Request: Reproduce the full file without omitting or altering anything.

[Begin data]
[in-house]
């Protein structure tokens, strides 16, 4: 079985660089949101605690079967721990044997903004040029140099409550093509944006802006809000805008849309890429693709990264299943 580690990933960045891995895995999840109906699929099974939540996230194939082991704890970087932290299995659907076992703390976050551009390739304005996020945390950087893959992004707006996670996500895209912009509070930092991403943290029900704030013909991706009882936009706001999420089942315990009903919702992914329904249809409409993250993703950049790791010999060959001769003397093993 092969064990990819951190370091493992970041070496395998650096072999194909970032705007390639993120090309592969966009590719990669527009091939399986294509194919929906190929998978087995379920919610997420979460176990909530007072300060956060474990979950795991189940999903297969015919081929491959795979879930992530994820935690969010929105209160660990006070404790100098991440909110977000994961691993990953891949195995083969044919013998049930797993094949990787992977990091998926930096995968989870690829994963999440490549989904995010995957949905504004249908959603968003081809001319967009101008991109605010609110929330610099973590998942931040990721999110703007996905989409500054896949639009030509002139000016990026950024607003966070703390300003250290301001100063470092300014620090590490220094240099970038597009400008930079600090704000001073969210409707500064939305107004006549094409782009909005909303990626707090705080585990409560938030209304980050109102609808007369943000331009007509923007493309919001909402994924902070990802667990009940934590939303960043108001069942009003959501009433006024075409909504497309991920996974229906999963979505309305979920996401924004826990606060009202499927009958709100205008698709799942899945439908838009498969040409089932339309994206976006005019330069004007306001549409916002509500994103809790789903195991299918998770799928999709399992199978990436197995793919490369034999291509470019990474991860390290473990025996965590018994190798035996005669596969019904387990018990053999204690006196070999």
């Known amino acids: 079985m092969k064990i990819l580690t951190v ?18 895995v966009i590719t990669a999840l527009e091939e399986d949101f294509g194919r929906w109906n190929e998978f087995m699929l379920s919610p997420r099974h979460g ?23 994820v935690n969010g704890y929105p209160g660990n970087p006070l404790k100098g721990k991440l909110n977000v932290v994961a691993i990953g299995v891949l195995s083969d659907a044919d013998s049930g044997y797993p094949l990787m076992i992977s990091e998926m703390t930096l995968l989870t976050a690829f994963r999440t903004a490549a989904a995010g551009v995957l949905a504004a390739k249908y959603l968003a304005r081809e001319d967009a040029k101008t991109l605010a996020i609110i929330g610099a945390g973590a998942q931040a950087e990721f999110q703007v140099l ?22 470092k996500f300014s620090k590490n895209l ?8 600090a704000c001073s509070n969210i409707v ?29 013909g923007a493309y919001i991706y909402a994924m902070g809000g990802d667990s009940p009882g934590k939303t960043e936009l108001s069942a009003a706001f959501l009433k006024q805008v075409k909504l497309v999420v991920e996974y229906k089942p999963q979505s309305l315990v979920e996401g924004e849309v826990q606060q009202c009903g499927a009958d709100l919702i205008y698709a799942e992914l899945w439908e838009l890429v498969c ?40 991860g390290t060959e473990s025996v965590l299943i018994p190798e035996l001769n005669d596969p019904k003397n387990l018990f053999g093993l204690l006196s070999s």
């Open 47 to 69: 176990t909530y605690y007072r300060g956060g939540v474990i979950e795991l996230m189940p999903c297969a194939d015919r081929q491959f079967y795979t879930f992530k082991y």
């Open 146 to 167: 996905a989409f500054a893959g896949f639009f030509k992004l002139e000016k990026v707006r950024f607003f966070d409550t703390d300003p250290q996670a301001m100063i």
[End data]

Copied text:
[in-house]
């Protein structure tokens, strides 16, 4: 079985660089949101605690079967721990044997903004040029140099409550093509944006802006809000805008849309890429693709990264299943 580690990933960045891995895995999840109906699929099974939540996230194939082991704890970087932290299995659907076992703390976050551009390739304005996020945390950087893959992004707006996670996500895209912009509070930092991403943290029900704030013909991706009882936009706001999420089942315990009903919702992914329904249809409409993250993703950049790791010999060959001769003397093993 092969064990990819951190370091493992970041070496395998650096072999194909970032705007390639993120090309592969966009590719990669527009091939399986294509194919929906190929998978087995379920919610997420979460176990909530007072300060956060474990979950795991189940999903297969015919081929491959795979879930992530994820935690969010929105209160660990006070404790100098991440909110977000994961691993990953891949195995083969044919013998049930797993094949990787992977990091998926930096995968989870690829994963999440490549989904995010995957949905504004249908959603968003081809001319967009101008991109605010609110929330610099973590998942931040990721999110703007996905989409500054896949639009030509002139000016990026950024607003966070703390300003250290301001100063470092300014620090590490220094240099970038597009400008930079600090704000001073969210409707500064939305107004006549094409782009909005909303990626707090705080585990409560938030209304980050109102609808007369943000331009007509923007493309919001909402994924902070990802667990009940934590939303960043108001069942009003959501009433006024075409909504497309991920996974229906999963979505309305979920996401924004826990606060009202499927009958709100205008698709799942899945439908838009498969040409089932339309994206976006005019330069004007306001549409916002509500994103809790789903195991299918998770799928999709399992199978990436197995793919490369034999291509470019990474991860390290473990025996965590018994190798035996005669596969019904387990018990053999204690006196070999």
């Known amino acids: 079985m092969k064990i990819l580690t951190v ?18 895995v966009i590719t990669a999840l527009e091939e399986d949101f294509g194919r929906w109906n190929e998978f087995m699929l379920s919610p997420r099974h979460g ?23 994820v935690n969010g704890y929105p209160g660990n970087p006070l404790k100098g721990k991440l909110n977000v932290v994961a691993i990953g299995v891949l195995s083969d659907a044919d013998s049930g044997y797993p094949l990787m076992i992977s990091e998926m703390t930096l995968l989870t976050a690829f994963r999440t903004a490549a989904a995010g551009v995957l949905a504004a390739k249908y959603l968003a304005r081809e001319d967009a040029k101008t991109l605010a996020i609110i929330g610099a945390g973590a998942q931040a950087e990721f999110q703007v140099l ?22 470092k996500f300014s620090k590490n895209l ?8 600090a704000c001073s509070n969210i409707v ?29 013909g923007a493309y919001i991706y909402a994924m902070g809000g990802d667990s009940p009882g934590k939303t960043e936009l108001s069942a009003a706001f959501l009433k006024q805008v075409k909504l497309v999420v991920e996974y229906k089942p999963q979505s309305l315990v979920e996401g924004e849309v826990q606060q009202c009903g499927a009958d709100l919702i205008y698709a799942e992914l899945w439908e838009l890429v498969c ?40 991860g390290t060959e473990s025996v965590l299943i018994p190798e035996l001769n005669d596969p019904k003397n387990l018990f053999g093993l204690l006196s070999s």
């Open 47 to 69: 176990t909530y605690y007072r300060g956060g939540v474990i979950e795991l996230m189940p999903c297969a194939d015919r081929q491959f079967y795979t879930f992530k082991y």
């Open 146 to 167: 996905a989409f500054a893959g896949f639009f030509k992004l002139e000016k990026v707006r950024f607003f966070d409550t703390d300003p250290q996670a301001m100063i």